It’s a measure of Michelle
Quimby’s courage that she was persuaded to take up the pole vault by people sho wanted her to pursue something less dangerous.
Quimby doesn’t run around underneath football crossbars anymore, but she regularly launches herself high enough to go over one.
The Shenendehowa junior has already broken the Section II record twice in the last 31⁄2 weeks, the last time at 11-11 at the Queensbury Invitational last Saturday and is right on track to hit 12 feet sometime this spring.
The indoor state champ has been one of the best in Section II since she was a freshman, after her
father, John Quimby, and coach Don Paretta, the Shen boys’ head coach and the top vaulting specialist in the area, convinced her to give up football after a season on the Shen modified team.
Michelle Quimby played wide receiver and cornerback for the Plainsmen, but, as much as she liked the speed and contact of the game, there was no real future in that; the pole vault, however, should open doors for her at any number of
Division I schools after she graduates in 2009.
“I just thought it’d be cool because I kind of like doing things that no one else does, something that’s different,” she said. “I was the only girl who ever played on a Shen football team for boys. I did it just because everyone’s always saying girls can’t do it. I thought, ‘Well, I’ll be the girl that does do it.’ ”
“Well, let’s say she’s not your typical little girl,” Shenendehowa girls’ head coach Lynne Lindquist said. “She’s never backed away from anything because of fear.”
Pole vaulting is a difficult, intimidating event that requires technical skill to handle all the various physical forces at work.
Quimby’s vaulting career almost didn’t get off the ground, but not because she was scared. It just took some time to put all the maneuvers together, and once she did that, she took off.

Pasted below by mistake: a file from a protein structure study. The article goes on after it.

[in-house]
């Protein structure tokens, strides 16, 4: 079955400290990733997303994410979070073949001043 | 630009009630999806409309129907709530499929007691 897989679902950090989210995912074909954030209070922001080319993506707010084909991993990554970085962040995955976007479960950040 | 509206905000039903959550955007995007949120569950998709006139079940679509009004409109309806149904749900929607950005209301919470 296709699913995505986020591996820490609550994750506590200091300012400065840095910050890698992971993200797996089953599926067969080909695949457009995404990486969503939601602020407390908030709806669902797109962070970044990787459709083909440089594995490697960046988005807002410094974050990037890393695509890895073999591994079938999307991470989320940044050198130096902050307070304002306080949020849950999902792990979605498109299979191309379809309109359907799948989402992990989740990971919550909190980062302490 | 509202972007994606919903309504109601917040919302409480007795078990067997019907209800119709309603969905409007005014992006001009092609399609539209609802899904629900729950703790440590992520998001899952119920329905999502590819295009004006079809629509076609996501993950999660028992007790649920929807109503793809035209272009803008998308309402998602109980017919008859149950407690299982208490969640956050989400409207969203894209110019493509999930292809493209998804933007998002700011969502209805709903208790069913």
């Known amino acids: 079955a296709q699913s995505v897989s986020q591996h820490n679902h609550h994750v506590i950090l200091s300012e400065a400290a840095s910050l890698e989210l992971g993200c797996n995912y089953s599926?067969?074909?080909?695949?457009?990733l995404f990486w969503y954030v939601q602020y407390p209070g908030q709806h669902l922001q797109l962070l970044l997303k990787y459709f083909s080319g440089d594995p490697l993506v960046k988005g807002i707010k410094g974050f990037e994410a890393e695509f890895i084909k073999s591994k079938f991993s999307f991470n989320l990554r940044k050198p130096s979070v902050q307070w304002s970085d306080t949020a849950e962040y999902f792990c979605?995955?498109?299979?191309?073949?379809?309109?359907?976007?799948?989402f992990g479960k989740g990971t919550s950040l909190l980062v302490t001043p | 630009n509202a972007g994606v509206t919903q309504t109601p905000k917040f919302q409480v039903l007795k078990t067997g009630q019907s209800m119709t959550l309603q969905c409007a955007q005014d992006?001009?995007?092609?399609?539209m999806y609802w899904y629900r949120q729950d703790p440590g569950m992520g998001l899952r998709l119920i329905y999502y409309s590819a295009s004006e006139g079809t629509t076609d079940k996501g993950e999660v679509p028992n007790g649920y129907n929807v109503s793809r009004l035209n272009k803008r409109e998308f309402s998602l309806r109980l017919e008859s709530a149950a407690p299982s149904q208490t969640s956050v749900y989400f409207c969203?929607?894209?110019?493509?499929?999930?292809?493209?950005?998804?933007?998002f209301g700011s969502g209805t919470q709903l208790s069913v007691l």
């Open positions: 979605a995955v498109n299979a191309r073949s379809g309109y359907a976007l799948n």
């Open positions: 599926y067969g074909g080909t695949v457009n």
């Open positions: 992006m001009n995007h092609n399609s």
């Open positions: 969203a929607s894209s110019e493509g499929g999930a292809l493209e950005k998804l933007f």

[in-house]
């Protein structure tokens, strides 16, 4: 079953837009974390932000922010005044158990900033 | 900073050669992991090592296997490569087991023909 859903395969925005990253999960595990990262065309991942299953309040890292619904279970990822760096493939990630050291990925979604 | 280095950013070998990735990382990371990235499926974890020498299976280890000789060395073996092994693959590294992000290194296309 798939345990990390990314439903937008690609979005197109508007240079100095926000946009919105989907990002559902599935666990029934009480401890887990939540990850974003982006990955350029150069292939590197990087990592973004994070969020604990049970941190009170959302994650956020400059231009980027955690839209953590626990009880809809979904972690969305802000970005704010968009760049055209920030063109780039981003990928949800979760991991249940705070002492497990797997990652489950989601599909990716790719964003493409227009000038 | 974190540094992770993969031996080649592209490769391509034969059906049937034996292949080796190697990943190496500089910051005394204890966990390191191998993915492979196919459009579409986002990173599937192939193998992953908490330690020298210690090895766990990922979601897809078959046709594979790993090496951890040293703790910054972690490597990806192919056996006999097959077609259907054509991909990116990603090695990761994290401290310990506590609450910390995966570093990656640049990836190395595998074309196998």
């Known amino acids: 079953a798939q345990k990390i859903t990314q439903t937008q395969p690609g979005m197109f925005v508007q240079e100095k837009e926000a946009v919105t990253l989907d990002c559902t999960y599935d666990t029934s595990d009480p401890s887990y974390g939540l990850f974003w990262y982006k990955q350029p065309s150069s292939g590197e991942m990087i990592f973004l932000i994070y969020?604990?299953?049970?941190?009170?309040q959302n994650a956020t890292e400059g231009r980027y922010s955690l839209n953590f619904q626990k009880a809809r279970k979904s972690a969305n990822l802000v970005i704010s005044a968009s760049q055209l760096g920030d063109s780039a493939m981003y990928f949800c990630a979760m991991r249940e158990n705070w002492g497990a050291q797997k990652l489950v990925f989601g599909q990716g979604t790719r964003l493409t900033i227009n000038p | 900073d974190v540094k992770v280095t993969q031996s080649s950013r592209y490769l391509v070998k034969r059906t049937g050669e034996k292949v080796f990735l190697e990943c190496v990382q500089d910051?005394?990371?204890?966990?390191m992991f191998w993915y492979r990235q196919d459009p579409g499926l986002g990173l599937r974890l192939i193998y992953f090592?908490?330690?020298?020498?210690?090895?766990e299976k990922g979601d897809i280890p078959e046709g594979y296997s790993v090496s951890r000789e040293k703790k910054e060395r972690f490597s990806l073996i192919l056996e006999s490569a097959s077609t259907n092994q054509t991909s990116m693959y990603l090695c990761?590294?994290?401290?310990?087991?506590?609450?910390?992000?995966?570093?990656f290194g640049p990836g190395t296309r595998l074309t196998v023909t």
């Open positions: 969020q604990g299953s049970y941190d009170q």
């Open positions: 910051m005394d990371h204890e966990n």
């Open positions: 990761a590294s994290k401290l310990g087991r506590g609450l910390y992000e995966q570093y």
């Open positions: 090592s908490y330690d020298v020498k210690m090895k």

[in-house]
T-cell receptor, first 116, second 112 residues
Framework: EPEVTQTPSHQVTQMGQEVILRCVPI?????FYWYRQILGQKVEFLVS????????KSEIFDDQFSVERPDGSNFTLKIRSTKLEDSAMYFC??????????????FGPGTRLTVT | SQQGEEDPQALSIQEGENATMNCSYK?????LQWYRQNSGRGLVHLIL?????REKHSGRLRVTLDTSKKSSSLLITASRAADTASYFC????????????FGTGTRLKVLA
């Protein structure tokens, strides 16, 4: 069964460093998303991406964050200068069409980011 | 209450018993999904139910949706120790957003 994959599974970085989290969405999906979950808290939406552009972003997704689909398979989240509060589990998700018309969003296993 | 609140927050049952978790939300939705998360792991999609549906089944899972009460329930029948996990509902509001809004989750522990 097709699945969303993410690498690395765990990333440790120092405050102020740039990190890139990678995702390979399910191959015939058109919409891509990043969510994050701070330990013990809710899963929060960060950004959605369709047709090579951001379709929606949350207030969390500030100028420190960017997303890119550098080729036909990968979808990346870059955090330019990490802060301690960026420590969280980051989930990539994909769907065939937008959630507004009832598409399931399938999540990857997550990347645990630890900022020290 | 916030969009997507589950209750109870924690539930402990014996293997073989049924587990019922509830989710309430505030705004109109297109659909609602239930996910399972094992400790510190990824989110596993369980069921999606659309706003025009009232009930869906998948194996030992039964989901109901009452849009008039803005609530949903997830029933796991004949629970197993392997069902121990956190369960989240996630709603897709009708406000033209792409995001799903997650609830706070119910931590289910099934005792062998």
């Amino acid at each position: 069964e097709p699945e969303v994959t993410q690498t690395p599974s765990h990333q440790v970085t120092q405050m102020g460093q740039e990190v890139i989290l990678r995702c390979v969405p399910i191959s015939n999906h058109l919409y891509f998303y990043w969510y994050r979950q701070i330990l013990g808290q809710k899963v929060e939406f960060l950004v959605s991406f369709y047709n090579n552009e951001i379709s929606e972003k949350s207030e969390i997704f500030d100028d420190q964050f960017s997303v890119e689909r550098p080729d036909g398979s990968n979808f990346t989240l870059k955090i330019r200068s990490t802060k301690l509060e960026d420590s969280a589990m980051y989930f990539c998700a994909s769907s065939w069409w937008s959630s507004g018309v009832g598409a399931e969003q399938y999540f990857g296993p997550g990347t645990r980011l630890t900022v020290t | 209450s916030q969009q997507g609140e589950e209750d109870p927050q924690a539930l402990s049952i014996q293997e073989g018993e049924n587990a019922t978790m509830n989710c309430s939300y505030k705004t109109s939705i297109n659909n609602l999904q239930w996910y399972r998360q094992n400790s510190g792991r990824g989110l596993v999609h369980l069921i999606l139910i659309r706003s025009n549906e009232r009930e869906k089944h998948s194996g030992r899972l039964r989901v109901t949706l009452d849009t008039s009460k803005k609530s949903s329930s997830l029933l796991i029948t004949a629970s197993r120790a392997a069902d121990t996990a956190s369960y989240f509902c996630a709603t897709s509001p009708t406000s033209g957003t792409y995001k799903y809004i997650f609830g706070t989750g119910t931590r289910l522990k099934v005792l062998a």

As a freshman, she went as high as 10-3 at the Class A sectionals and fell into a habit of finishing second to Ashlee Atwell, then a Niskayuna senior who held the Section II
“The first time I started, I actually quit, because I didn’t think I’d be very good at it, and then my coach told me to come back into it, because he thought I would be better at it,” she said. “I just had to give myself a chance to get the hang of it.”
“There’s a lot of technique in it,” said Christie Burns, who is in her second year coaching the Shen girls’ vaulters and jumpers. “I’ve learned a lot from coach Paretta, who’s coached her, I think, since seventh grade. Last year, I’d say it was pure athletic ability that got her to 10 feet constantly, and this year, she started putting together all the elements of pole vault. She started to really invert and get over the bar and turn and put together all those minor details that finish it off, and that’s why she’s jumped up a foot from last year.
Lindquist also brought up
Quimby’s body turn at the top as a key element to her progression this season.
Quimby had an excellent season as a sophomore, winning a bronze medal at indoor states and winning all of the outdoor meets before finishing second (11-3) to state record holder Stephanie Duffey of Washingtonville at the state meet.